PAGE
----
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Add “STUFF” To Your Long Run

Posted by: on June, 27 2013

Found on CompetitorRunning and written by Steve Magness

Stop slogging through the same old long run–add some stuff to it!

The weekend long run is a rite of passage for most runners. Everyone from your weekend warrior to the world champions include this staple workout as part of their weekly training schedule. Famed coach Arthur Lydiard seems to have cemented this tradition when his New Zealand troops would traverse their 22-mile route every weekend. If everybody is doing it and it has stuck around this long, it obviously has a lot of merit, but are you getting the most out of your long run, or are you just trudging through the miles and in dire need of a new stimulus?LongRun

Long runs are no different than any other workout. In order to continually adapt, the stimulus has to be slightly altered. In a set of repeats on the track, we might decrease the rest, increase the pace, or increase the length of the repetitions. For a long run, we can obviously increase the length and the pace, but those options are limited to an extent. The good news is that there are a few different ways we can squeeze out a little more adaptation. How do we accomplish that? Simply, by adding “stuff” to your long run.

“Stuff” refers to adding strides, surges, pickups, or progressions to the typical easy or steady long run. The goal in adding these components is to change the stimulus for adaptation ever so slightly. By adding in some faster running toward the end of the long run, you force recruitment of muscle fibers that generally are never trained at an easy or steady pace. By slightly changing which muscle fibers are recruited, you now train those harder-to-recruit fast twitch-type fibers under aerobic conditions, therefore increasing their endurance.

Strides and surges are two easy ways to get a little more bang for your buck during the long run without adding much undue fatigue. They both work by changing the muscle fiber recruitment slightly, and can prevent the post-long run flatness that often occurs. This happens because the faster segments change the tension in the muscles and leave you with some “pop” in your legs instead of staleness. Strides should be done immediately after the completion of the long run and should include four to ten by 100-meter runs in length at about your 10K race pace. This should be seen as an introductory session, which then progresses to surges over the following weeks. Surges should be done during the last 3-4 miles of the long run and should include segments where you pick it up to around 10K race pace and then back off to your easy pace for a short segment. I recommend starting with 5 x 30-second surges with two minutes of easy running between reps and work your way up progressively to where you’re doing 8-10 x 45 to 60-second surges with 2-3 minutes recovery in between.  This should not be a taxing workout, but instead a comfortable surge that lets the legs loosen up a little bit.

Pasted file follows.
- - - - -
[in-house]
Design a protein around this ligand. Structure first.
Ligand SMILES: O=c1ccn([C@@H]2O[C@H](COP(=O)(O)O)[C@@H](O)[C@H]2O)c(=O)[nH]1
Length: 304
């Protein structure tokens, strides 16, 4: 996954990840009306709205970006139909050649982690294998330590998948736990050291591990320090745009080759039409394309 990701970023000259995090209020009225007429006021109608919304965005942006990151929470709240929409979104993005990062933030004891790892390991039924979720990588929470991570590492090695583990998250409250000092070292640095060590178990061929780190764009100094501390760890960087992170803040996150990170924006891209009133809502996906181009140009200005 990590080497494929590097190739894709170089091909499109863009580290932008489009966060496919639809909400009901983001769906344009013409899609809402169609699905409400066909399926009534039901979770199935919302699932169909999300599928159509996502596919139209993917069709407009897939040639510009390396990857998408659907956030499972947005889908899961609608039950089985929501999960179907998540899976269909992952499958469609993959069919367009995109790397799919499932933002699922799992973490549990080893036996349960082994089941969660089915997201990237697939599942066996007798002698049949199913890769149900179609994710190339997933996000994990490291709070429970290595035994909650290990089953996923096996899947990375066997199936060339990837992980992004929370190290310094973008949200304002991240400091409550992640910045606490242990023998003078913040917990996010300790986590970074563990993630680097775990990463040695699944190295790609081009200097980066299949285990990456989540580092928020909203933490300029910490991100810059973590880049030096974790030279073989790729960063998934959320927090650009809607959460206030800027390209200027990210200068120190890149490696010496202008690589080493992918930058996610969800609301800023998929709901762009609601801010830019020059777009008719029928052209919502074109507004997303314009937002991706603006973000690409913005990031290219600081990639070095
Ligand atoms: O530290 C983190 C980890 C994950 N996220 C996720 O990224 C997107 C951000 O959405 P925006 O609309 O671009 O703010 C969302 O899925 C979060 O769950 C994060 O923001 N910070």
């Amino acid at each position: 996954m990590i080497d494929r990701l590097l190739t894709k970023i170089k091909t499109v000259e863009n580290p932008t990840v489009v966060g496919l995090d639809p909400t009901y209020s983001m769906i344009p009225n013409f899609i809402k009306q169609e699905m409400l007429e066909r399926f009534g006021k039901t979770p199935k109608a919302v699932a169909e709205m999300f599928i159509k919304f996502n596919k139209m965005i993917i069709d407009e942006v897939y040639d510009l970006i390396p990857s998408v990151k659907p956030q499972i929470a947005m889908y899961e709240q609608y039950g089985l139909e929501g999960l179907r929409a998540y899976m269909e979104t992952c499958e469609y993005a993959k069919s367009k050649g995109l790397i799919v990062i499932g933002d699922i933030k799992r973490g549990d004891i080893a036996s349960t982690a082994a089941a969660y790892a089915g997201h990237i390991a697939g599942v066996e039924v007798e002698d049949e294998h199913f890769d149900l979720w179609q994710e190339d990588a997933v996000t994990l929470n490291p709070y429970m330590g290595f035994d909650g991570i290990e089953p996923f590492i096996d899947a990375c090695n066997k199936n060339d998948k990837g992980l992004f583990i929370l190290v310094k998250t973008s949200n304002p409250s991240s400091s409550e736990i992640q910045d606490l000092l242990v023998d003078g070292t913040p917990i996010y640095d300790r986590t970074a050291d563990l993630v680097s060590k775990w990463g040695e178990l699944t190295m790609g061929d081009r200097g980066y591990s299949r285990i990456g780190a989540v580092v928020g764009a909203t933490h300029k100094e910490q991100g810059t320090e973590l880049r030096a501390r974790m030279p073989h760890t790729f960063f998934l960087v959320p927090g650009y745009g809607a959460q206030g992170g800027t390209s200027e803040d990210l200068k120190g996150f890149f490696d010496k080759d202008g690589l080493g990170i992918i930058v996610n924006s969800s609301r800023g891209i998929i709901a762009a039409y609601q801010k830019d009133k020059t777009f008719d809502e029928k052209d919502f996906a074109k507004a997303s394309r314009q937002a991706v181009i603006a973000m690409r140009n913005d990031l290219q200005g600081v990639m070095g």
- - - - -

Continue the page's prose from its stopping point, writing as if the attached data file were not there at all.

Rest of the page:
Pickups and progressions are two slightly more challenging options for adding some spice to your long run. The goal of these runs is to press the pace down so that the body gets used to increasing speed, increasing the aerobic demand, and recruiting muscle fibers when glycogen levels are getting progressively lower at the end of the long run. Once again, we are looking at training muscle fibers that aren’t normally trained aerobically and triggering the body to become more efficient with using up its glycogen stores. Pickups should be introduced in small doses. Start by picking up the pace to marathon race effort or slightly faster during the last 5 minutes of your long run. Every few weeks, increase the length of the pickup by 5 minutes until you get to the point where the last 20 minutes of your long run is done at a quicker pace. Progression long runs, on the other hand, should take a gradual approach. Instead of spending the last bit of your long run making a sudden change in speed, spread that speed increase out over a longer distance. Start with a gradual progression over the last quarter of your long run (the last 4 miles of a 16 mile run, for example) and increase that until the last half of your long run is spent gradually ratcheting down the speed. The goal is the same: get down to just faster than marathon race pace by the end of the run.

Anytime you add new workouts to your regime, it’s important to do so gradually. Keep your easy long run in the rotation, but start adding some “stuff” to it every other week. By adding “stuff” such as strides, surges, pickups and progressions to the long run, you’re increasing the amount of stimuli your body has to deal with, and more importantly, adapt to. So stop slogging through the same old long run–add some stuff to it!